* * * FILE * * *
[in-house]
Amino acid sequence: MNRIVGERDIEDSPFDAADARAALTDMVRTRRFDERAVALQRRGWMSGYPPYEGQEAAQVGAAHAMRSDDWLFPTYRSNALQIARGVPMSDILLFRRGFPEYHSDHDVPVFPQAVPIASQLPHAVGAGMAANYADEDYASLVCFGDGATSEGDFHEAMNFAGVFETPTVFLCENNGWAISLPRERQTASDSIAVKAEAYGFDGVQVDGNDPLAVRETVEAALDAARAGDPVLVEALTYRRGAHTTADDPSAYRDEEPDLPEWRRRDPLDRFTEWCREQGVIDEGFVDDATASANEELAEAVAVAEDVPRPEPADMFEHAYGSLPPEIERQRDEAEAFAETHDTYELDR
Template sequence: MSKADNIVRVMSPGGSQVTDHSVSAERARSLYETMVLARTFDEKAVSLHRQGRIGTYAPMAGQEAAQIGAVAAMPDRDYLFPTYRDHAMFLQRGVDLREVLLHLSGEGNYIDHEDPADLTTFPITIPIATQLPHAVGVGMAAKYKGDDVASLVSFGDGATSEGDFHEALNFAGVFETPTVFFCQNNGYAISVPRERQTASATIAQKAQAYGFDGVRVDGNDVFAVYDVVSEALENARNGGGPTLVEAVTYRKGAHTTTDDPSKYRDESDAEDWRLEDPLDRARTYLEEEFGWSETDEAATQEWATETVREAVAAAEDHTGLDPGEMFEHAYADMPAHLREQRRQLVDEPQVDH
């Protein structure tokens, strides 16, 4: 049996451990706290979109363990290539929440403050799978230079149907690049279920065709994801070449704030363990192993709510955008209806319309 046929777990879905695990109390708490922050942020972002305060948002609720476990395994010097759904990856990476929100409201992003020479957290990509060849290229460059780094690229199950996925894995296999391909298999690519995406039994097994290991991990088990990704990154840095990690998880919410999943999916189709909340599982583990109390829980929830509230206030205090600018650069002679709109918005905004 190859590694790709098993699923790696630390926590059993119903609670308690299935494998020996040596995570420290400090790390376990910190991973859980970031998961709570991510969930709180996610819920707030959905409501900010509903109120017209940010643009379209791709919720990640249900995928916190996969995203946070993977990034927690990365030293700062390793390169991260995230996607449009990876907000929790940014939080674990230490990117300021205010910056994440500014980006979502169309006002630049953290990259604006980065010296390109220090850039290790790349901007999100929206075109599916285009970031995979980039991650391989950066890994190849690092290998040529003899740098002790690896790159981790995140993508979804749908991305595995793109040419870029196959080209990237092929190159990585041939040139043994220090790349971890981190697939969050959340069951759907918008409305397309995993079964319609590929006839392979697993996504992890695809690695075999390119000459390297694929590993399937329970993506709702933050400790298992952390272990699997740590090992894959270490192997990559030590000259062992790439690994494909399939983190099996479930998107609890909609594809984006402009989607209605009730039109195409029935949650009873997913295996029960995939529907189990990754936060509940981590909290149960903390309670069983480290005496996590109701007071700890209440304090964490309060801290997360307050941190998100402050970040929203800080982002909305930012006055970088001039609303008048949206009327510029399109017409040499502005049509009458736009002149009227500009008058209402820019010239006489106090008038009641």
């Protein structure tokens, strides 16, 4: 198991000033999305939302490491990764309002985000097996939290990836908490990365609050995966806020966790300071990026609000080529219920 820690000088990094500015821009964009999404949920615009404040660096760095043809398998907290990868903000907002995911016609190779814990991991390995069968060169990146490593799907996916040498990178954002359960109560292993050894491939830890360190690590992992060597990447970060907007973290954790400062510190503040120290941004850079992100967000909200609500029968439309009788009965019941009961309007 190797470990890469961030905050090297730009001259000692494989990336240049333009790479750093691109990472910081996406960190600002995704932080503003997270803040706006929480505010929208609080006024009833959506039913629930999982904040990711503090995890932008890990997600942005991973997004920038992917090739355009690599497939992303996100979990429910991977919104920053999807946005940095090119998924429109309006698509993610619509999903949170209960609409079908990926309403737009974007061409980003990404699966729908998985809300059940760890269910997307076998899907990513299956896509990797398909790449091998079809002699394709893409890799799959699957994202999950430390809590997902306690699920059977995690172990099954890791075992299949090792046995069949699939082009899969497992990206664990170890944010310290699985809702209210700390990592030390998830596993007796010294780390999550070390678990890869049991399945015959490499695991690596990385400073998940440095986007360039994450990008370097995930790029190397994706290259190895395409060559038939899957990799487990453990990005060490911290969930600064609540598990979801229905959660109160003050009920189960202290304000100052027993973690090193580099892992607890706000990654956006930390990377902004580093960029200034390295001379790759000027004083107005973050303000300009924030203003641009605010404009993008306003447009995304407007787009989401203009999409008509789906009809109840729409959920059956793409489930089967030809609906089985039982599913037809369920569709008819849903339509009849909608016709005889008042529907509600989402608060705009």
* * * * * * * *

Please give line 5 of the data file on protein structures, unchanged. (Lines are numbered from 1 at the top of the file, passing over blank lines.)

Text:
């Protein structure tokens, strides 16, 4: 198991000033999305939302490491990764309002985000097996939290990836908490990365609050995966806020966790300071990026609000080529219920 820690000088990094500015821009964009999404949920615009404040660096760095043809398998907290990868903000907002995911016609190779814990991991390995069968060169990146490593799907996916040498990178954002359960109560292993050894491939830890360190690590992992060597990447970060907007973290954790400062510190503040120290941004850079992100967000909200609500029968439309009788009965019941009961309007 190797470990890469961030905050090297730009001259000692494989990336240049333009790479750093691109990472910081996406960190600002995704932080503003997270803040706006929480505010929208609080006024009833959506039913629930999982904040990711503090995890932008890990997600942005991973997004920038992917090739355009690599497939992303996100979990429910991977919104920053999807946005940095090119998924429109309006698509993610619509999903949170209960609409079908990926309403737009974007061409980003990404699966729908998985809300059940760890269910997307076998899907990513299956896509990797398909790449091998079809002699394709893409890799799959699957994202999950430390809590997902306690699920059977995690172990099954890791075992299949090792046995069949699939082009899969497992990206664990170890944010310290699985809702209210700390990592030390998830596993007796010294780390999550070390678990890869049991399945015959490499695991690596990385400073998940440095986007360039994450990008370097995930790029190397994706290259190895395409060559038939899957990799487990453990990005060490911290969930600064609540598990979801229905959660109160003050009920189960202290304000100052027993973690090193580099892992607890706000990654956006930390990377902004580093960029200034390295001379790759000027004083107005973050303000300009924030203003641009605010404009993008306003447009995304407007787009989401203009999409008509789906009809109840729409959920059956793409489930089967030809609906089985039982599913037809369920569709008819849903339509009849909608016709005889008042529907509600989402608060705009």